A municipal bond (muni), is a debt security issued by a state, municipality, county or municipal entity to finance its capital expenditures (including construction projects) or for general financing of that municipality. The size and scope of this market is impressive.
There are over 50,000 different issuers of municipal bonds, resulting in over 1 million different issues outstanding in the U.S. In fact, as of 2017, the total value of all municipal bonds was almost $4 trillion. Most municipal bonds are exempt from federal taxes as well as most state and local taxes, which can make them especially attractive to retail investors, particularly those in high-income tax brackets.
Broadly speaking, there are two types of municipal bonds.
What Are the Two Types of Municipal Bonds?
What is the Difference Between General Obligation Bonds vs. Revenue Bonds
A general obligation bond (GO) is issued by a state or city and is not backed by revenue from any specific project. Instead, these bonds are backed by the general taxing authority of the municipality which can include, sales tax, property tax and income tax. Therefore, these bonds have multiple sources of revenue (predominantly taxes) backing the security.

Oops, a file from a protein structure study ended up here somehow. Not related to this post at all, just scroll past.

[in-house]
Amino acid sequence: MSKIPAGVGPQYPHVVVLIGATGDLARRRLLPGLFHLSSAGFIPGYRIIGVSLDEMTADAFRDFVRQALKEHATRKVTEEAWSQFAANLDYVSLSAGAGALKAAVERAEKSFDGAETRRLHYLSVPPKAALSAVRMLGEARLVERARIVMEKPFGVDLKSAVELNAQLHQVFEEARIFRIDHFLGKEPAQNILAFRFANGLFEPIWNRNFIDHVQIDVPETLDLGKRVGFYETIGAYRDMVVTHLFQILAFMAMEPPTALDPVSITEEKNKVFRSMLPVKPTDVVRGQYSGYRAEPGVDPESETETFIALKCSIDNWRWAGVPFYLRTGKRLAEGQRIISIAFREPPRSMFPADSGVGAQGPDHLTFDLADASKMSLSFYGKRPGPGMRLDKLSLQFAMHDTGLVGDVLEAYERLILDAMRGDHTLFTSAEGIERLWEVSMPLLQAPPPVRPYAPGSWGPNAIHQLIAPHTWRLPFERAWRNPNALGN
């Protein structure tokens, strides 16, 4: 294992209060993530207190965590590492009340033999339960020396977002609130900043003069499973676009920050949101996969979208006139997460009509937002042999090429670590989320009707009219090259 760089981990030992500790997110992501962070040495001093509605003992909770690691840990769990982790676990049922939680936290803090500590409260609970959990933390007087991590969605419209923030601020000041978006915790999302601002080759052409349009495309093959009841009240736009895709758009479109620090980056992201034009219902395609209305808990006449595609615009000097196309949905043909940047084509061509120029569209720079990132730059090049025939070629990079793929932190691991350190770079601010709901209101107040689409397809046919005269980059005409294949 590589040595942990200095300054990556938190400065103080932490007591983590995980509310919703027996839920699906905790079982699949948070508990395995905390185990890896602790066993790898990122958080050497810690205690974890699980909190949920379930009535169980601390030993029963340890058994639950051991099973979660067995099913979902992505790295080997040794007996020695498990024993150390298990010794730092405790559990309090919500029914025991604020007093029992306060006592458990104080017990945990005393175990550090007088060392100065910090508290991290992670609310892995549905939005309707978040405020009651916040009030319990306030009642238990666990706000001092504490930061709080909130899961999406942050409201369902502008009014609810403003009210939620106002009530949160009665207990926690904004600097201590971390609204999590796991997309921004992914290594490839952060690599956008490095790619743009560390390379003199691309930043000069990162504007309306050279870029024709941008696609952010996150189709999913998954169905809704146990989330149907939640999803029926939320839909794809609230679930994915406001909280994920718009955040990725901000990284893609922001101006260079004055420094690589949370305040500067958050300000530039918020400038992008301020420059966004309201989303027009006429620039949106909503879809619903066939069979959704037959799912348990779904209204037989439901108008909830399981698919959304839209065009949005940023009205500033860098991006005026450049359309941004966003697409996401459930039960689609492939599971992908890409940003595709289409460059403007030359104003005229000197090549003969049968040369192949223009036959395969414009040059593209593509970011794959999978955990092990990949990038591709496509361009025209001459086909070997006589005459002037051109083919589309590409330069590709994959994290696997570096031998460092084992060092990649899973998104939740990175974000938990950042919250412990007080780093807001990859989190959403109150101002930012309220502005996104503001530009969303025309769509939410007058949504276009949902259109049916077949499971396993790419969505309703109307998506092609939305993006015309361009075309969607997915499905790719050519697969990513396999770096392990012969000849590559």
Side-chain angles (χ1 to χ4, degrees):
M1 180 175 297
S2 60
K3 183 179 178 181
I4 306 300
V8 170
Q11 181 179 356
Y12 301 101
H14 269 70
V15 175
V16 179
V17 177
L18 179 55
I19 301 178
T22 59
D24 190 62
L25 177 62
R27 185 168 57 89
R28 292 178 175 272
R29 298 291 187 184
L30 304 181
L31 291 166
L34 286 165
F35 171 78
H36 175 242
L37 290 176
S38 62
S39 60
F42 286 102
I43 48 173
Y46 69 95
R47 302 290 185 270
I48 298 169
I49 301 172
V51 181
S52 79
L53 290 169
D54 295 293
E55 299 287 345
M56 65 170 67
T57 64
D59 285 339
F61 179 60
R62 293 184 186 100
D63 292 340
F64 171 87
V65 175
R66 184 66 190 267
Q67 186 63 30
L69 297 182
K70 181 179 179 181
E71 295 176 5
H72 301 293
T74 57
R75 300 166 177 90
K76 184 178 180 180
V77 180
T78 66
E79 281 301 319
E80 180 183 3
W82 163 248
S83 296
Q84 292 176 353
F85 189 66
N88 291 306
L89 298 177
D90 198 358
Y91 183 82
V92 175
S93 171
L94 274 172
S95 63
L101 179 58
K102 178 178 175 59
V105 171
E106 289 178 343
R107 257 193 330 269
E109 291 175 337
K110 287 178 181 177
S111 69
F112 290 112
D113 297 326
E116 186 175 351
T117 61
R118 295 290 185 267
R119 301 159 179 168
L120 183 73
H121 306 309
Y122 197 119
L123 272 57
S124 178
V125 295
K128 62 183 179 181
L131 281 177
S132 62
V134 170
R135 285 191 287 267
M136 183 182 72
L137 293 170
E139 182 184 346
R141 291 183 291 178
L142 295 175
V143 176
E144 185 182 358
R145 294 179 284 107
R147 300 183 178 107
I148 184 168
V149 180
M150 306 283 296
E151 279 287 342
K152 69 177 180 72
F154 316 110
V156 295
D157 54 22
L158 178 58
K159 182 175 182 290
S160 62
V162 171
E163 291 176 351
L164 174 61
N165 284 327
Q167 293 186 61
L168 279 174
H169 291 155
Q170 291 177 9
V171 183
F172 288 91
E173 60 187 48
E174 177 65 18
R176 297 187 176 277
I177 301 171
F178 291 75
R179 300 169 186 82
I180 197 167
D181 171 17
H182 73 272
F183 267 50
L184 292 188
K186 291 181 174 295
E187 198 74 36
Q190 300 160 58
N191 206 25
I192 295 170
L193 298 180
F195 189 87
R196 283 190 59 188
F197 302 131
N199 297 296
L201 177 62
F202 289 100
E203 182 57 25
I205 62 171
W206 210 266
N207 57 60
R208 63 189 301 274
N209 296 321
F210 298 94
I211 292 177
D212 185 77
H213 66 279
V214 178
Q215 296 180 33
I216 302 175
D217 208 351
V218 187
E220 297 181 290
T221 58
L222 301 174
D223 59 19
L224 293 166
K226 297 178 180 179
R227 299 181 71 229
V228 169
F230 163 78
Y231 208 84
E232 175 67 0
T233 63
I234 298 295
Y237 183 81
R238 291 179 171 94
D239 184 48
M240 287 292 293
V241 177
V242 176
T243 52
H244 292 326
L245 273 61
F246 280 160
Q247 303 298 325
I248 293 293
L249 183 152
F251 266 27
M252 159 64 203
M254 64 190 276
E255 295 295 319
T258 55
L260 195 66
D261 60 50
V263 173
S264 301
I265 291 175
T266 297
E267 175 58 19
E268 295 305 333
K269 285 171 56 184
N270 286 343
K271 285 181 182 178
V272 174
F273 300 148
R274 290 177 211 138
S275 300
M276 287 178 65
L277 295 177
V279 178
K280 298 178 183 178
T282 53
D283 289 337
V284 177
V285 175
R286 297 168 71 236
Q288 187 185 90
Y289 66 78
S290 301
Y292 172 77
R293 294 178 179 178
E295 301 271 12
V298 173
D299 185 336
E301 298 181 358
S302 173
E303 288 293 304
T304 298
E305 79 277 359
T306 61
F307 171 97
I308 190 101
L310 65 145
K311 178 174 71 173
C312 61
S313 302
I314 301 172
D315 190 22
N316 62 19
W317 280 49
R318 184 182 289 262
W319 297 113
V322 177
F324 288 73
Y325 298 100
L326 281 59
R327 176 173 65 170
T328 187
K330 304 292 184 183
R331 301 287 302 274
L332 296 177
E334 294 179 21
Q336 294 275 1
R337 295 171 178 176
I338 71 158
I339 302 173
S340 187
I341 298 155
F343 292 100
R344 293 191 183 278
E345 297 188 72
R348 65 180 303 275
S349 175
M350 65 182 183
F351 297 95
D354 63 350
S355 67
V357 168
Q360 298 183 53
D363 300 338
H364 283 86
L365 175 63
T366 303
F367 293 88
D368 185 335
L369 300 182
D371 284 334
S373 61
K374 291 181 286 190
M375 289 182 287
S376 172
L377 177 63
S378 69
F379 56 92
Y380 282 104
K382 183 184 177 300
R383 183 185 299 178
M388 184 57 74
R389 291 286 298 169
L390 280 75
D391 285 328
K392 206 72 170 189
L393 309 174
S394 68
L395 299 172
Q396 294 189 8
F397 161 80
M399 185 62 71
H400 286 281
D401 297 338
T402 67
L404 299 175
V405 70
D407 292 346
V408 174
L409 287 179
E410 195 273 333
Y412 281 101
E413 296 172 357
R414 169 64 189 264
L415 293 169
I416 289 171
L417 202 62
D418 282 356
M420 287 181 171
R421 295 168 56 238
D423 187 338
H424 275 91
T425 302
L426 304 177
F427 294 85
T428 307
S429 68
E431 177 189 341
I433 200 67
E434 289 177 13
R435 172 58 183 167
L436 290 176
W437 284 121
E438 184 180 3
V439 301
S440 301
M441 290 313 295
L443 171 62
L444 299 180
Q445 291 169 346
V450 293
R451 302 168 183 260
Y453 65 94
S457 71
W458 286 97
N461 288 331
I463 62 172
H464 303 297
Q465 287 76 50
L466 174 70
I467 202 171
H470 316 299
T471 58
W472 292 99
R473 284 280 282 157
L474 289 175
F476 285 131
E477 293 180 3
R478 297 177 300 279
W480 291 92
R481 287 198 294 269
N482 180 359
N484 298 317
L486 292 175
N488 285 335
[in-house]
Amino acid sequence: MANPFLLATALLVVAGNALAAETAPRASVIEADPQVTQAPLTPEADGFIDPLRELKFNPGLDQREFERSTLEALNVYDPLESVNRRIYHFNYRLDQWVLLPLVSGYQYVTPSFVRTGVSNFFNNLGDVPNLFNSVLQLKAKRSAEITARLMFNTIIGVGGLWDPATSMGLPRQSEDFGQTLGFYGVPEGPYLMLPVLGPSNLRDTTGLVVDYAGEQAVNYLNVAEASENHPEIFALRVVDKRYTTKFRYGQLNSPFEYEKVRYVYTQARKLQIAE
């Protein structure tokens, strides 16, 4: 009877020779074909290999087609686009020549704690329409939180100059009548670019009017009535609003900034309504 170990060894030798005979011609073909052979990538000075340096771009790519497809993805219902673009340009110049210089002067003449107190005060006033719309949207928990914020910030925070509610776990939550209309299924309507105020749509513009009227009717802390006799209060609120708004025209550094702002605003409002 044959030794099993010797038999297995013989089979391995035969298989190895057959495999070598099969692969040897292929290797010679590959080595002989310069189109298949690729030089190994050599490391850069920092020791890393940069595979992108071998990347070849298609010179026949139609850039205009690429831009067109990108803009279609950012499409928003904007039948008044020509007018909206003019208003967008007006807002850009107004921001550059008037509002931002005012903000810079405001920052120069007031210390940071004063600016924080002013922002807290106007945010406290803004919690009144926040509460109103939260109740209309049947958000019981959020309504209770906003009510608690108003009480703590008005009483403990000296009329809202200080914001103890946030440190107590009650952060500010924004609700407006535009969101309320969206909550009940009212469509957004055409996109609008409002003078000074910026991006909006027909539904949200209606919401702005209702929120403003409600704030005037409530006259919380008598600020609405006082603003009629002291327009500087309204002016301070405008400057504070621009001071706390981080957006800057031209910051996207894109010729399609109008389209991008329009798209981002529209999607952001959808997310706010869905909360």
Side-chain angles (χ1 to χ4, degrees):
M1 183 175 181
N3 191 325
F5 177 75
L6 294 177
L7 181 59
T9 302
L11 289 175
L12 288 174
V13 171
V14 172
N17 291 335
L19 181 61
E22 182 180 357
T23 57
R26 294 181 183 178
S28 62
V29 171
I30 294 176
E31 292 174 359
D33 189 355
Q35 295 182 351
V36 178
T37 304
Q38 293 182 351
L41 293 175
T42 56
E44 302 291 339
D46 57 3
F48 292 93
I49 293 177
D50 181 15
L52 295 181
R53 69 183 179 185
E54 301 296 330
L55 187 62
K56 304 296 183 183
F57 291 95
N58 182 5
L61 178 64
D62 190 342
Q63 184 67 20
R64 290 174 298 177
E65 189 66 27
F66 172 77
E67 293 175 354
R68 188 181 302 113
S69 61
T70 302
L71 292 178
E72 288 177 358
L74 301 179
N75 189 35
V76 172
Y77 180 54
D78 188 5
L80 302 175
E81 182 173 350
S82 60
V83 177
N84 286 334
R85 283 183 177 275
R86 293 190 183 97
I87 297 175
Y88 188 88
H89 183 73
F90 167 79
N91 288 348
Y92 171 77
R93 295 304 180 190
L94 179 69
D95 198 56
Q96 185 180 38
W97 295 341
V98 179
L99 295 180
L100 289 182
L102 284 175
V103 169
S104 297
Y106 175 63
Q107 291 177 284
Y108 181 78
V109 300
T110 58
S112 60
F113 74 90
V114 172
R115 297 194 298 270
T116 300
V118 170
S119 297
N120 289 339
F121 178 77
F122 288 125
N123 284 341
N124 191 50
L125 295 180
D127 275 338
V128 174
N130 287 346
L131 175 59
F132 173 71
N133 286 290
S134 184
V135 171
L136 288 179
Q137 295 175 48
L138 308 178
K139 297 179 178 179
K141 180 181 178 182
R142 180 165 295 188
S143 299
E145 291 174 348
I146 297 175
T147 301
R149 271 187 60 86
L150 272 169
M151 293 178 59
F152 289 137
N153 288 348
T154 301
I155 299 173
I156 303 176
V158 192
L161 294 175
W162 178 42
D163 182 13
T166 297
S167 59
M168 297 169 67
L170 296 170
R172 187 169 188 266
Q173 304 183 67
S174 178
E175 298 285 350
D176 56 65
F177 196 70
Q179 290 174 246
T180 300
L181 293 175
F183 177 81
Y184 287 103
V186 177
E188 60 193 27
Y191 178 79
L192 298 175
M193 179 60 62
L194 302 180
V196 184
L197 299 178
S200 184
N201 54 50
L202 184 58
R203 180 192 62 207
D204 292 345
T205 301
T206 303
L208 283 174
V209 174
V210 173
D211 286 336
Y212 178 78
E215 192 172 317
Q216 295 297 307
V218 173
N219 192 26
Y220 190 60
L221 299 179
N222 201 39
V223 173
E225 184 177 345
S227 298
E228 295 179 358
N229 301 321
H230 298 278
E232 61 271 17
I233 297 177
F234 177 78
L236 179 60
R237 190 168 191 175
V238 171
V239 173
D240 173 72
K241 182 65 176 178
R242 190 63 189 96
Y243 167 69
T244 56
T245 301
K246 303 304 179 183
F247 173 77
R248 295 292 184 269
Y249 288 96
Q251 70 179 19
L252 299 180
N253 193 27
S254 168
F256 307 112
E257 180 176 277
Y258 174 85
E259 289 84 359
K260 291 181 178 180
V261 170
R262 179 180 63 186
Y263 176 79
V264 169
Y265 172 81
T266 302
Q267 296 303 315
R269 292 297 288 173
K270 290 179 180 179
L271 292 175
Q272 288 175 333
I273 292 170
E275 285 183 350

By contrast, a revenue bond, (Rev) is a bond which is secured by the revenue generated by a specific project (such as toll roads, bridges, convention centers, stadiums). These bonds are like loans for projects where the bondholders will receive interest and their principal from the revenue generated when the project is completed.
Benefits of Investing in Municipal Bonds
What makes municipal bonds most attractive is the tax status on interest income received. Unlike corporate bonds which are fully taxable to the investor, municipal bonds offer the following tax advantages: